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OPINION

St. Andrews Citizens Will be Burning!


© Art MacKay, 2009, St. Andrews, New Brunswick, Canada, January 10, 2008

The US Coast Guard's recently released Waterway Suitability Report, prepared for the Federal Energy
Regulatory Commission's (FERC) Downeast LNG application, will have the residents of New
Brunswick's premier resort area burning again.

When, on the heels of Quoddy Bay LLC's earlier proposal at Sipyik, Downeast LNG first introduced
their plan to construct an LNG terminal and storage facility directly across the St. Croix River from St.
Andrews at Robbinston, Maine, the citizens of that resort town and the greater Quoddy Region rose as
one to denounce these developments and made their position clear with submissions to FERC and
government officials in both Canada and the United States, Impressive, passionate, packed public
meetings and protests were held. Subsequently, Canadian opponents to the LNG plans have been
supported at every political level in Canada. Conservative Prime Minister Harper and local Member of
Parliament Hon. Greg Thompson have publicly and in closed session with President George Bush,
expressed their firm position that tankers will not be allowed through Head Harbour Passage, the
essential waterway that they consider to be internal Canadian waters and, in the long term, too valuable
and hazardous a waterway to be used by supertankers. This was a similar position to that taken about
30 years ago when the Pittston Company of Greenwich, Conn. applied to turn Eastport and Moose
Island into a gigantic oil refinery and tank farm, threatening fishing, tourism, marine life, and whales
including the endangered north Atlantic right whale.

In previous responses to Quoddy Bay LLC, the US Coast Guard stated that the participation of the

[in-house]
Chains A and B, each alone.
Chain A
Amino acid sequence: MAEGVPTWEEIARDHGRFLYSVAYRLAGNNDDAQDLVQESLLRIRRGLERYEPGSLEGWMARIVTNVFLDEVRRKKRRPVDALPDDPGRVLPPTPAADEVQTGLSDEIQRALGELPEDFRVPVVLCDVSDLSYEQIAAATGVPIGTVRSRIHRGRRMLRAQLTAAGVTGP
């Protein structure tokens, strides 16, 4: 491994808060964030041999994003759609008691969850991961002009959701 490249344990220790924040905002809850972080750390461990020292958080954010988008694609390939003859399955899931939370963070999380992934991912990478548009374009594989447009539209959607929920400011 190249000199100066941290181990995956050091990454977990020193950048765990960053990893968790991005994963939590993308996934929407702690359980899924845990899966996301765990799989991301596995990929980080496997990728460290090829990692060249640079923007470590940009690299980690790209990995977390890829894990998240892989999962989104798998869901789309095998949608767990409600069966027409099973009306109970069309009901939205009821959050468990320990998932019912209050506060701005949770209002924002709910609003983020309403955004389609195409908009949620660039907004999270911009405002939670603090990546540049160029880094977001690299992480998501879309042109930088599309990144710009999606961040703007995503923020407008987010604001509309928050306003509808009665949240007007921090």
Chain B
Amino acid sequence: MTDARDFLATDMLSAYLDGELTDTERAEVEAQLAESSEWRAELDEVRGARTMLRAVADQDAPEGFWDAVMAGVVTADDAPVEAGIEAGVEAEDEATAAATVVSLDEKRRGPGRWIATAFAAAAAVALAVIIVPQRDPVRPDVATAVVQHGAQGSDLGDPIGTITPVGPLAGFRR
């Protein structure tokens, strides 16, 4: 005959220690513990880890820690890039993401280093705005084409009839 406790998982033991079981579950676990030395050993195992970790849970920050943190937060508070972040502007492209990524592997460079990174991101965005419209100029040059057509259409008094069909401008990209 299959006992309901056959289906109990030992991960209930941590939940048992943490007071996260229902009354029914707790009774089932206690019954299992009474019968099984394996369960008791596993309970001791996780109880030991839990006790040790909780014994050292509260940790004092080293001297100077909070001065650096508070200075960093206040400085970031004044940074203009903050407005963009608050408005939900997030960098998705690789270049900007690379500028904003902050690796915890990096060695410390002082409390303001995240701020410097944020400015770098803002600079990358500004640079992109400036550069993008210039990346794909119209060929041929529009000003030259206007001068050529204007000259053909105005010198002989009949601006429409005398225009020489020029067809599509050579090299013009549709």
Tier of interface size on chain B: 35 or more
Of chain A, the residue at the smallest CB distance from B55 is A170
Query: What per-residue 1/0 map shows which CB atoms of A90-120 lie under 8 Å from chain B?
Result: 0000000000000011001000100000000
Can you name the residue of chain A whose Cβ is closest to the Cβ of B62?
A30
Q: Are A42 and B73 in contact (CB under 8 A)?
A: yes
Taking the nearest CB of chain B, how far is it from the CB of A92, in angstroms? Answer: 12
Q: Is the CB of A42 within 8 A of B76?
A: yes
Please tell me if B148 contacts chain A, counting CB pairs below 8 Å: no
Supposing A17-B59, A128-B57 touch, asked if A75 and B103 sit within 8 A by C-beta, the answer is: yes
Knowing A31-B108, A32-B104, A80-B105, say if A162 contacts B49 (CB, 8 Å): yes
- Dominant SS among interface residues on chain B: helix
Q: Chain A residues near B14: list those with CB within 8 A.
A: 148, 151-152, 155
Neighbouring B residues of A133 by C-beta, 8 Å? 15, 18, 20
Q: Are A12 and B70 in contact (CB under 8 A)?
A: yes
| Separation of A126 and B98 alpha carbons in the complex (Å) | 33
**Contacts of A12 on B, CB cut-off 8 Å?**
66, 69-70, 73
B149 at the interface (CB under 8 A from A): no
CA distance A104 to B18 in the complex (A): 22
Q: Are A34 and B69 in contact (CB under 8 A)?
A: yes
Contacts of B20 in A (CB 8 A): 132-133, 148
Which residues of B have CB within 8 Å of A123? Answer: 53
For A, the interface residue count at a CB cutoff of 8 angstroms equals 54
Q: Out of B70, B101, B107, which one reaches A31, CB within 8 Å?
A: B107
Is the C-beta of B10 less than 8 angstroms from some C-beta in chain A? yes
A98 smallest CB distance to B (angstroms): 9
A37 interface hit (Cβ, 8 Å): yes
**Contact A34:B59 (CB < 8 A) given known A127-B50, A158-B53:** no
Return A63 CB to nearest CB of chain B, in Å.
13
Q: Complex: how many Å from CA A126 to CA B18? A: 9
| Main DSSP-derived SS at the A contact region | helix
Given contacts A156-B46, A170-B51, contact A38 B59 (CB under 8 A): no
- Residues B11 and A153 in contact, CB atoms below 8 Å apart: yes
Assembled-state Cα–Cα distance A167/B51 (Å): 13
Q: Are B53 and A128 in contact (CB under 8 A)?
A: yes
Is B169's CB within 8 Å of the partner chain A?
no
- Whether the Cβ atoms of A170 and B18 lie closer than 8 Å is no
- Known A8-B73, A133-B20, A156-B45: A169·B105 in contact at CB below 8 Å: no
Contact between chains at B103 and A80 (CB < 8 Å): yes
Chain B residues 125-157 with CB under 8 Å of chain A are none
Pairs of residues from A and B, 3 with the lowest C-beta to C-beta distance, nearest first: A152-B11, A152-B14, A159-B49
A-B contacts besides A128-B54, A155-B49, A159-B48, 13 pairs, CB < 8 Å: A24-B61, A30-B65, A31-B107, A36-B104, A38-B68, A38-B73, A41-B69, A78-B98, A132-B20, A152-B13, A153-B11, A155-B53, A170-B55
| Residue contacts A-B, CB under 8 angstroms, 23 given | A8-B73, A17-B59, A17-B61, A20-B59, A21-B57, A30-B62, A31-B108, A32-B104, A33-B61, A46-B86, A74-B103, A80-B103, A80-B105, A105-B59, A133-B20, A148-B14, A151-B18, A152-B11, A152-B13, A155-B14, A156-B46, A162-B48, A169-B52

Canadian government was paramount to their release of a similar report for Quoddy Bay LLC and it
was withheld. This is not the case with the Downeast LNG proposal. In this case, while the report
requires Canadian consultation by Downeast LNG, the USCC has chosen to assess Canadian waters
without the approval of Canada, an interesting move that causes great concern in a contest that, more
and more, seems to revolve around testing Canadian sovereignty and, not incidentally, Canadian
resolve.

As can be seen in the accompanying chart taken from the USCC Waterway Suitability Study, St.
Andrews citizens can now see that they are within the hazard zone for this development. A similar
study for Calais LNG will, undoubtedly, duplicate this scenario, but will move Zone 3 more deeply into
the town as tankers move up the St. Croix River.

The USCC defines these zones as:

• Zone 1 (red) - 500 meter radius with resultant fire and severe thermal radiation hazards. By
definition these are areas in which LNG shipments occur in relatively narrow harbors or
channels, or ships pass under major bridges or over tunnels, or come in within 500 meters of
major infrastructure such as military installations, commercial/business centers, or national
icons.
• Zone 2 (yellow with black line) - from 500 to 1600 meters with less severe thermal radiation
hazards to public safety and property. These are areas of broader channel widths, larger open
harbors, or over 500 meters from major critical infrastructure elements.
• Zone 3 (yellow) – from 1600 to 3500 meters with potential pockets of flammable vapor. These
are areas where LNG traffic and deliveries occur approximately 1.6 kilometers from major
infrastructure or in large bays or open water. The thermal radiation risks to public safety and